Remembering Canadian Courage

   The European part of the Second World War wound down on various fronts at different times, approximately 70 years ago. Before this, the notorious gang of German thugs had to be dislodged. Part of this was the attack on the beaches of Normandy where Canadians, the only voluntary force there, did things no one thought possible as did the assault troops on every beach.

    “Men fell all around him as Corporal W.J. Klos thrashed through the deep water. Klos was a big, powerful man whose nickname was “Bull”. A bullet tore into Corporal Klos’ stomach. A second bullet tore into his leg. The corporal’s rage was greater than his pain. He staggered to the beach and shot an enemy gunner. Klos dropped his rifle and fought another German with his bare hands. Bleeding into the sand, Corporal Klos died with his hands around the throat of the enemy. Behind him, the Winnipegs charged through the fire.”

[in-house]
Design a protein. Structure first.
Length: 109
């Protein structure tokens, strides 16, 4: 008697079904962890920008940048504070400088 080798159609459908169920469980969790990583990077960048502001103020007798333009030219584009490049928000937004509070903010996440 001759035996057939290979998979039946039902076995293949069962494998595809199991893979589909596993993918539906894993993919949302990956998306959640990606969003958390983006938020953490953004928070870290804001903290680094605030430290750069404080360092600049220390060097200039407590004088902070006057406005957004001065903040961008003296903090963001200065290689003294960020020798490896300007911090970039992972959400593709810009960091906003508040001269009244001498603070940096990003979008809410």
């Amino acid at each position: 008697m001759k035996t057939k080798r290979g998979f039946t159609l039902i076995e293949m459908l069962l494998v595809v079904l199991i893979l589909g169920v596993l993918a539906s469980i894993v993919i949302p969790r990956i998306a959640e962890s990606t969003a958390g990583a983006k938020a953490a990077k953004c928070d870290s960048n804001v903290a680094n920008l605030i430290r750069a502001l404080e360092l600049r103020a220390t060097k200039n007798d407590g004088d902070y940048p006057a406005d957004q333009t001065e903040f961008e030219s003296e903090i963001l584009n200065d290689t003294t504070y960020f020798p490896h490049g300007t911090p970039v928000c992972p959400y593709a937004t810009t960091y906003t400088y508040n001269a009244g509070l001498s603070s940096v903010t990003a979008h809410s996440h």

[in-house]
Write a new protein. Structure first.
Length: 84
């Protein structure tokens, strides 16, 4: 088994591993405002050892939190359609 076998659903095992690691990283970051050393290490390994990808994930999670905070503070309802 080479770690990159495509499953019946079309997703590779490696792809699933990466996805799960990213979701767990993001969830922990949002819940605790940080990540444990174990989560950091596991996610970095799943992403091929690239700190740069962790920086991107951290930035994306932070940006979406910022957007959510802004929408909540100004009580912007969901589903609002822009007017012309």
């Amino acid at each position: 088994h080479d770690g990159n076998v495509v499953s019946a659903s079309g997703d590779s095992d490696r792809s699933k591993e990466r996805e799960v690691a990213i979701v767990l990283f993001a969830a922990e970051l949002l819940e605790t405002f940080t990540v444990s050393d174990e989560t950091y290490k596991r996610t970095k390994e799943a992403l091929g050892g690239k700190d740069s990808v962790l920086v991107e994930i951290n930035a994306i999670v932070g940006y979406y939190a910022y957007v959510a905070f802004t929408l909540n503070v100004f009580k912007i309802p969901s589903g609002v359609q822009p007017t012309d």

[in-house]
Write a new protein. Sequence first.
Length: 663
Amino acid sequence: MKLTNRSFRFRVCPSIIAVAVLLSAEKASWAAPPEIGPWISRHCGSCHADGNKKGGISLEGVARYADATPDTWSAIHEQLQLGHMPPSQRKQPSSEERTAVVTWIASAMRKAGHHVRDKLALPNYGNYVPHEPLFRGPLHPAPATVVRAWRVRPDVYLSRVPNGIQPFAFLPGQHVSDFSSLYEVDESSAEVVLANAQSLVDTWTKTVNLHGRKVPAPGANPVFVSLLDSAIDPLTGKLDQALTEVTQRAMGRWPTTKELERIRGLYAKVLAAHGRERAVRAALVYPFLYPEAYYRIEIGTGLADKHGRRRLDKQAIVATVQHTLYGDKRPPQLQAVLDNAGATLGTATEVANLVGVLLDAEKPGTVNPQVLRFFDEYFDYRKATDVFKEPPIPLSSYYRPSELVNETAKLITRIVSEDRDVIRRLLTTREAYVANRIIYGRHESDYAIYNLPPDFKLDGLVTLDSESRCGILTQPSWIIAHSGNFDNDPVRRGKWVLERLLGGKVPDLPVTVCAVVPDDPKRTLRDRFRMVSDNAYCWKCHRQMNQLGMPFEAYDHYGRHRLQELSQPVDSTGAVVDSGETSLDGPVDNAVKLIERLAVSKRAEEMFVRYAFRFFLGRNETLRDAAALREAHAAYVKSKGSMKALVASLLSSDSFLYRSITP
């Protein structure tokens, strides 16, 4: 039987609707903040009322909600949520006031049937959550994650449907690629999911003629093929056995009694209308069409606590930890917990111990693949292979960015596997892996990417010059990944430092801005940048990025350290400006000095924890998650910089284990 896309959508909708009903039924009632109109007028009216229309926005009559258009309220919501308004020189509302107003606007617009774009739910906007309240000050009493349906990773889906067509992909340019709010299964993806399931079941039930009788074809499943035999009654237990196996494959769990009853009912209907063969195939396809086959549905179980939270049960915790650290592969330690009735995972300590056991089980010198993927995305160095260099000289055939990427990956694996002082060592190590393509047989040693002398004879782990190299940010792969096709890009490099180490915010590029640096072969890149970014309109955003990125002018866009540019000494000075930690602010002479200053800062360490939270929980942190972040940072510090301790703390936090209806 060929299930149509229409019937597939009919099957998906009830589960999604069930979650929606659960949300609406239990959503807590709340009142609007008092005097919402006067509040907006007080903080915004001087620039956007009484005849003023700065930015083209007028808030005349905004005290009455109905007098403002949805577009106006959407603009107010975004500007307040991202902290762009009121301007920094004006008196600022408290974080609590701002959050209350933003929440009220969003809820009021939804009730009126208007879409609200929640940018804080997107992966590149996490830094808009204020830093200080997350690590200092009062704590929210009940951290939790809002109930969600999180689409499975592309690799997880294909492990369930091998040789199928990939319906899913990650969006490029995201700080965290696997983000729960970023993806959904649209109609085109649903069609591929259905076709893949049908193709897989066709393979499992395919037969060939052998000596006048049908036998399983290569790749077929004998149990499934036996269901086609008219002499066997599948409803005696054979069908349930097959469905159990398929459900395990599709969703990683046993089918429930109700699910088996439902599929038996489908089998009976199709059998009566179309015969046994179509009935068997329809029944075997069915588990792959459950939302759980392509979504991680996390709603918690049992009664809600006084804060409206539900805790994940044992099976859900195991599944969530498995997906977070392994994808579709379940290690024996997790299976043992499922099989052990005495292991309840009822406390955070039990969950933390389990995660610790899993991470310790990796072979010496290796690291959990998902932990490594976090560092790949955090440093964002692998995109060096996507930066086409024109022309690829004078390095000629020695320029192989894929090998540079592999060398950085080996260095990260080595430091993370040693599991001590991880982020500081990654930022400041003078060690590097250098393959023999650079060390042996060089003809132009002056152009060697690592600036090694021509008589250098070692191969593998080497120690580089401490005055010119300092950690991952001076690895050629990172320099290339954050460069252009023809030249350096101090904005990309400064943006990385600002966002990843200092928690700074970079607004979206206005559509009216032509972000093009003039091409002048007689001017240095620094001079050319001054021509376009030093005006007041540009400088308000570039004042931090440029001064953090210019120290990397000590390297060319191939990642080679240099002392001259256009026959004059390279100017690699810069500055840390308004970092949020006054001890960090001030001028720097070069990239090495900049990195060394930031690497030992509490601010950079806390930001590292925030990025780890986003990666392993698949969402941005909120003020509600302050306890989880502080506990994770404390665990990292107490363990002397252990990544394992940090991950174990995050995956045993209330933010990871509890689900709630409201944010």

Phil Gower led his much-deleted company through the beach defences after knocking out many of the German strong points. Major Gower survived the war and died in an airplane crash in 1956.

      Bill Lyons of the Queen’s Own Rifles of Canada was knocked off the sea wall on Juno Beach  three times before his wounds stopped him trying to get inland. Given the last rites he said,  “I ain’t ready to go yet, padre.” and survived the war.

    One hundred and fourteen Canadians died between Hitler’s suicide and the official end of the war. "Those Squareheads can start wars, they just don’t know how to end them."

    Only a small percent of the population had the courage to be in the Assault Infantry. We owe them all we have today.

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